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COLOMBIA / PERU
War crimes
Julissa Mantilla Falcón
4/25/2006
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Violence against women in armed conflicts remains a mere sidebar.

For many years, violence against women during periods of armed conflict was viewed as a side effect of the central battle. It was not until the past decade when the Vienna Declaration of 1993, the Fourth World Conference on Women in Beijing in 1995, and rulings by international courts on Rwanda and the former Yugoslavia that violence against women came to be considered a violation of human rights and a crime against humanity.

The lack of a gender perspective in addressing the armed conflicts contributes to the invisibility of the female experience, not only when women are victims of rights violations, but also in terms of recognition of their participation as combatants and part of the resistance to the armed conflicts.

The bloody and long-lived conflicts in Peru and Colombia are two clear cases that included violence against women.

 

In Peru’s case, the Truth and Reconciliation Commission (TRC) concluded in its Final Report in 2003 that Peruvian women had been the  victims of a generalized sexual violence during the 1980-2000 armed conflict between the government and the Maoist Shining Path insurgency, as well as the Tupac Amaru Revolutionary Movement, or MRTA, though to a lesser extent.

The report noted that in addition to sexual violence, other forms of violence such as forced stripping, and forced pregnancies and abortions occurred, and in 83 percent of these cases, the crimes were carried out by government security forces.

Interestingly, the Final Report included a chapter on gender that analyzed the new roles for men and women that were established during the two decades of violence. The TRC noted female leadership in displaced communities fleeing the violence, in the searches for disappeared relatives and in civil society organizations that battled the subversive groups. Throughout the conflict, women developed "survival strategies for themselves and their loved ones and for the defense of their rights."

But the chapter on sexual violence states that reports of prostitution, rape (and resulting pregnancies), forced abortions as well as sexual slavery that women suffered were underrepresented because the victims felt fear, shame and lacked the support of their community or investigators. As a result, the TRC did not find information on judicial proceedings related to sexual violence against women during the conflict.

Women have fallen victim to sexual violence as a result of Colombia’s ongoing internal conflict as well. According to a 2004 report by Amnesty International violence against women, sexual exploitation in particular, including rape and genital mutilations — a practice most commonly associated with sub-Saharan Africa — were an integral part of the armed conflict. Women continue to be subjected to such violence by various parties involved in the ongoing conflict.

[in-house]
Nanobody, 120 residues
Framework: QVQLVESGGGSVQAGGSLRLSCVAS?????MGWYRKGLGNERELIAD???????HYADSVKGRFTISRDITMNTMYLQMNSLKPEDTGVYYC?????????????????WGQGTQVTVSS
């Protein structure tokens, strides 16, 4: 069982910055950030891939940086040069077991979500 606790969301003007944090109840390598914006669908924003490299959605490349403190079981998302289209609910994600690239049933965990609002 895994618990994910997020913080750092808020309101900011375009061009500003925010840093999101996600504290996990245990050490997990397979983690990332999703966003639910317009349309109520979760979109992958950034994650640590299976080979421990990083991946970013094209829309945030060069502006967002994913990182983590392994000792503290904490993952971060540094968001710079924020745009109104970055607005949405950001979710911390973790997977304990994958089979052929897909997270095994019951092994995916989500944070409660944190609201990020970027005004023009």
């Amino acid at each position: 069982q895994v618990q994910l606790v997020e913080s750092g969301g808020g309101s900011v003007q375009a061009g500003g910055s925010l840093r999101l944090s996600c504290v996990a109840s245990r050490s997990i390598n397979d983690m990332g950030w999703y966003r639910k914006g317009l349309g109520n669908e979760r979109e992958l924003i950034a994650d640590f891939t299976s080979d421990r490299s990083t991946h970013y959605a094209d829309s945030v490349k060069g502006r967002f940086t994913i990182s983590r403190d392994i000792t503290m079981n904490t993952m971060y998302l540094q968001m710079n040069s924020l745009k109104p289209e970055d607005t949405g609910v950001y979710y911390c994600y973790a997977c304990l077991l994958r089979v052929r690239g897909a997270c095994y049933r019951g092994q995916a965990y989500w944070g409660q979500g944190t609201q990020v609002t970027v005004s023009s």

"Women are targeted by armed groups for various reasons: for breaking gender roles or challenging imposed prohibitions by armed groups, or for being considered a useful target with which to humiliate the enemy," the report said.

 

In both cases, violence against women during these periods has been a recurrent practice that has gone largely unpunished, making it all the more important to shed light on possible means to change the situation.

In the first place, lawmakers must follow and respect international laws, recognizing that violence against women is gender-based violence that must be punished at the national level.

For this to occur, violence against women can no longer be viewed as a footnote during these conflicts, so that perpetrators can be sanctioned for their actions. Also, governments must fulfill their international obligation to prevent human rights violations, investigate these cases, punish those responsible and compensate the victims.

These governments must comply not only with human rights agreements, but also with the recommendations of the United Nations (UN) Committee on the Elimination of Discrimination against Women and the UN Special Rapporteur on Violence Against Women.

UN Resolution 1325 in 2000 established that governments must respect the international law applicable to the rights and the protection of women and girls during armed conflicts.

This latest measure should be applied when cases of sexual violence are processed, including the collection of evidence, victims’ declarations and the protection of testifying witnesses. Systems where these cases can be reported as well as methods for collecting testimonies must be updated to reverse the under-representation of this type of violence.

It is crucial for women’s specific needs to be incorporated into the peace and reparation negotiation policies in place in Colombia and Peru. This is also the case for the government’s health (including mental, sexual and reproductive health), education, political participation and social development policies.

 

*Julissa Mantilla Falcón is a Peruvian lawyer and former member of the legal team of Peru’s Truth and Reconciliation Commission.

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